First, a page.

>> Reuters can reveal for the first time that the Russian postal service was one of the largest victims of the Wanna Cry ransomware attack in Russia. I'm Reuters correspondent Jack Stubbs, here in Moscow. Employees have told us that the virus infected some of the automated queuing touch-screen terminals at a number of branches in Moscow.
This has obviously caused minimal disruption to the actual work of the postal service. But what it does illustrate is what analysts have said is a common misconception about the virus. That it is more likely to actually infect antiquated, out-of-date systems that are not seen as worth upgrading with the latest security patches.
As opposed to machines that are integral to the businesses, to the company's core business. Russian posts say there was no attack. They say the virus did not touch their systems, but that they turned off the automated queuing system as a precautionary measure for a temporary period of time last week.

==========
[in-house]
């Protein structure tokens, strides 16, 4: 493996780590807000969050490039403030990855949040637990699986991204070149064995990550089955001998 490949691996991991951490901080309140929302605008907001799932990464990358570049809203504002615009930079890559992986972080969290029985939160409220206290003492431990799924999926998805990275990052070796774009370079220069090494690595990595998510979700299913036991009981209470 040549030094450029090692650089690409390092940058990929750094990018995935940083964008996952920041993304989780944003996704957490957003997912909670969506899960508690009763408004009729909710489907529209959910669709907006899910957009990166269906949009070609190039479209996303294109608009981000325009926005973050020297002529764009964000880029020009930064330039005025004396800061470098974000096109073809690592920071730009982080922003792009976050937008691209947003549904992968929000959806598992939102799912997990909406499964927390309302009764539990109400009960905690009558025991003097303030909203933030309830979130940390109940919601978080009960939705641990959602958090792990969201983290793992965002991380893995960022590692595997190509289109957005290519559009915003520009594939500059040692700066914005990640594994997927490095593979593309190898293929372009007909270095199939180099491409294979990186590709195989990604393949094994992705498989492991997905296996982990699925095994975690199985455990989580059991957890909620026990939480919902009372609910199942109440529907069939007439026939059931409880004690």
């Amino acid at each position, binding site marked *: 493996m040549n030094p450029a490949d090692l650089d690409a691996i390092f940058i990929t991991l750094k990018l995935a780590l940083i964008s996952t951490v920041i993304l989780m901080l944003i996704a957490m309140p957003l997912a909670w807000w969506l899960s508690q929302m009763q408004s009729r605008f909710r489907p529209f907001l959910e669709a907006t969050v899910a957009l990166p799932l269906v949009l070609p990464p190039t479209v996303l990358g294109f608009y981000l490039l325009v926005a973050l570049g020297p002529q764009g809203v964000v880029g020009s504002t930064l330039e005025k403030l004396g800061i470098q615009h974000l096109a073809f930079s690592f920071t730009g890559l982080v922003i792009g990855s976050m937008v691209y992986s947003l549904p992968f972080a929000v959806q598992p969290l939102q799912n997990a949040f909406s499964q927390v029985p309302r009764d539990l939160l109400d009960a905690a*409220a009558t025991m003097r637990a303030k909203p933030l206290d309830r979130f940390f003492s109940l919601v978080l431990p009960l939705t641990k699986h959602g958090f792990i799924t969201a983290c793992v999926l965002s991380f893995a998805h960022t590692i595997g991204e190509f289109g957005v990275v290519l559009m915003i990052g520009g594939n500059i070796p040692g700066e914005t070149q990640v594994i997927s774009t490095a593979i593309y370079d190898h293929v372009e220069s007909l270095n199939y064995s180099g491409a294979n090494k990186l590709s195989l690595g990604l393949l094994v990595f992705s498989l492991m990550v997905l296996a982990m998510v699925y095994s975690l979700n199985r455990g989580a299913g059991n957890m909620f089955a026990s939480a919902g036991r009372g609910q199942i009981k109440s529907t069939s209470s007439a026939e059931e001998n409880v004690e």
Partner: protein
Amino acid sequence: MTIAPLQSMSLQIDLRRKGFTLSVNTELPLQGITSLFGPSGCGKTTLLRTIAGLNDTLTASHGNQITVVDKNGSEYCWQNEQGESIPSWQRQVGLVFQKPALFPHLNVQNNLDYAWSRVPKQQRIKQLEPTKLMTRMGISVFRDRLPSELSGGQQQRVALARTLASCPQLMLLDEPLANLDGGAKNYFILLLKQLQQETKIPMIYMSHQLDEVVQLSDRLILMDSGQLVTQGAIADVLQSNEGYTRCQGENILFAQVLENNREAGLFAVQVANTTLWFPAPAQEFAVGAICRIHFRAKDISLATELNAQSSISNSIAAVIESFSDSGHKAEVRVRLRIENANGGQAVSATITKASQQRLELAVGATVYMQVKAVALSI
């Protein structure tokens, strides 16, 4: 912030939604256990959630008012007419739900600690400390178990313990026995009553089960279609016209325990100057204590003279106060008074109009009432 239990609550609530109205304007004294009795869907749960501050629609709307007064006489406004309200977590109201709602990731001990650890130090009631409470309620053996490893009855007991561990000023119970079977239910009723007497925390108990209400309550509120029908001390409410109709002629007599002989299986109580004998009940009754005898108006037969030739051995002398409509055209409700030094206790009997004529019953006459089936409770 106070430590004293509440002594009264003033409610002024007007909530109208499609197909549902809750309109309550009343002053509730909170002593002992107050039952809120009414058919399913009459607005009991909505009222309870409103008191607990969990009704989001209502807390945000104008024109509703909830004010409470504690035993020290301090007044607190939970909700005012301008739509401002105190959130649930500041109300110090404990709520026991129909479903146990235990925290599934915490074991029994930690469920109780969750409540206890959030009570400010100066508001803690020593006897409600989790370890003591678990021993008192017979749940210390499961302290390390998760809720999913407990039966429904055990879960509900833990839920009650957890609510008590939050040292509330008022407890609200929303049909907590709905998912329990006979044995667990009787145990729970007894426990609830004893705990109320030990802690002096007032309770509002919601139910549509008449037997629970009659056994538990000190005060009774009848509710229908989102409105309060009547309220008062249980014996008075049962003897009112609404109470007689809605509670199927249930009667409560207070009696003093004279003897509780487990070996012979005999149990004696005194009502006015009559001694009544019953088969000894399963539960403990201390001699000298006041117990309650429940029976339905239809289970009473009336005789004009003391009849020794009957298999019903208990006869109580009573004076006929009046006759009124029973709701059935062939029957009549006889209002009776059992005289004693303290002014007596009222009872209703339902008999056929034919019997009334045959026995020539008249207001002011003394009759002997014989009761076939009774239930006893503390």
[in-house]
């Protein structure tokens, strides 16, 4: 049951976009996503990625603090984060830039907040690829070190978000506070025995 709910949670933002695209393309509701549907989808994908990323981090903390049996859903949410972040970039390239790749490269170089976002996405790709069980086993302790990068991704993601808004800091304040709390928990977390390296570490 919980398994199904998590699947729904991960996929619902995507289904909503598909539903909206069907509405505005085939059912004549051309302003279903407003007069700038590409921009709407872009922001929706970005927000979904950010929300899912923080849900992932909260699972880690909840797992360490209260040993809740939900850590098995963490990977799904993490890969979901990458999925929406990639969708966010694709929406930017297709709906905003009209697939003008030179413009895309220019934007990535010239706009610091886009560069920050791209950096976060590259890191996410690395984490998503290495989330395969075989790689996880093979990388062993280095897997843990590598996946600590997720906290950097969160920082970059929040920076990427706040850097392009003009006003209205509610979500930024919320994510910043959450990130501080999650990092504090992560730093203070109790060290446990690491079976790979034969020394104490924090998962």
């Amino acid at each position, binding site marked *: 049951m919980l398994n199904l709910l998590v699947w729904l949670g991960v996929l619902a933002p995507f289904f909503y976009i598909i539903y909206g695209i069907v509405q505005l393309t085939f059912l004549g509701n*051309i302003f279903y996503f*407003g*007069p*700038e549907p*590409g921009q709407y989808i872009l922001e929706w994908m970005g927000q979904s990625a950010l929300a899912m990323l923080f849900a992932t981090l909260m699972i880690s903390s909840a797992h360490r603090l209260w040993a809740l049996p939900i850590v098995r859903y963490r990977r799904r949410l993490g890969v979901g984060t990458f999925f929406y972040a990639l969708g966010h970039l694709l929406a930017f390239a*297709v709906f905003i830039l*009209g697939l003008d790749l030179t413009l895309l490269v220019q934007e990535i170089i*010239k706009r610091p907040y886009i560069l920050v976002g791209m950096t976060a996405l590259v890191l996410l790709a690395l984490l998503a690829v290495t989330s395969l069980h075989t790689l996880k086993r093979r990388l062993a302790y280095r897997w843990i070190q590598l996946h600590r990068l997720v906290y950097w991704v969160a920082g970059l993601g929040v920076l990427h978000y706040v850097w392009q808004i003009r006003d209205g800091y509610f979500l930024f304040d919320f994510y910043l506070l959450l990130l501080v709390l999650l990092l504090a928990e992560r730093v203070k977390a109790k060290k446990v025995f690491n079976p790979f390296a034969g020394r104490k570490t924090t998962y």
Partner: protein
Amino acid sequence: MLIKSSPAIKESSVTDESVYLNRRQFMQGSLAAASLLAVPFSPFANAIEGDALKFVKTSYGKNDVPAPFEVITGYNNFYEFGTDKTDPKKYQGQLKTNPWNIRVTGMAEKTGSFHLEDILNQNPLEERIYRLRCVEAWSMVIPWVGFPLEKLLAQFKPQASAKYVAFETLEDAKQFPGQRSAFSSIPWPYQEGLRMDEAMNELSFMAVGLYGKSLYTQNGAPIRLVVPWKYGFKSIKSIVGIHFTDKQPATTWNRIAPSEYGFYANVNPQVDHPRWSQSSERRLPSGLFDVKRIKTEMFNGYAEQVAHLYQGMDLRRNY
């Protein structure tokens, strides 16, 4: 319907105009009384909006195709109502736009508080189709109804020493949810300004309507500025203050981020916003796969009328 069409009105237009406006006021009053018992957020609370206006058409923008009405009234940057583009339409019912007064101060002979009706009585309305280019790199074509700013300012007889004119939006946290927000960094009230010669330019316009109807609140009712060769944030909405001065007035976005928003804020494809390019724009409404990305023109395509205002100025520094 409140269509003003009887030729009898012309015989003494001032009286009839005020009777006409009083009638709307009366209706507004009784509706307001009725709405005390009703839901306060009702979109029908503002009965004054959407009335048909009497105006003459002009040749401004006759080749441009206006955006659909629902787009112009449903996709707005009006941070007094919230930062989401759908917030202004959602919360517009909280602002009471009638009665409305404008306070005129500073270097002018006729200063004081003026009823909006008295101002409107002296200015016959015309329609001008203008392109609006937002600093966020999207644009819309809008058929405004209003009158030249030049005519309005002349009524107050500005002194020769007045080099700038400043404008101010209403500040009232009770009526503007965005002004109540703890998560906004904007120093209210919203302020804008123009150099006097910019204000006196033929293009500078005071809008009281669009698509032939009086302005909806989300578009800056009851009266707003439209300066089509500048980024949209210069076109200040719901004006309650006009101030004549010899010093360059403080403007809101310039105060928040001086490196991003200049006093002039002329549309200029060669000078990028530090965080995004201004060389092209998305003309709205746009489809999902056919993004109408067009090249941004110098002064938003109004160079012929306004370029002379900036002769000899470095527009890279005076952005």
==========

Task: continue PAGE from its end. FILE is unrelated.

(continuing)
However, we have spoken to multiple employees in branches across Moscow who say that they were told the virus infected these terminals. And I visited, also, a number of post office branches and saw that the terminals there were completely out of action. The infected Russian post terminals also ran on the Windows XP operating system which is no longer supported by Microsoft.
The fact that these infected computers were running on an out-of-date piece of software also points to a trend we're seeing in Russia, that the Wanna Cry virus was particularly successful here. Russian institutions were particularly susceptible because of the widespread use of outdated software and technology. Other victims have included the Interior Ministry, mobile phone operator, MegaFon, and also the Russian state rail network, Russian Railways.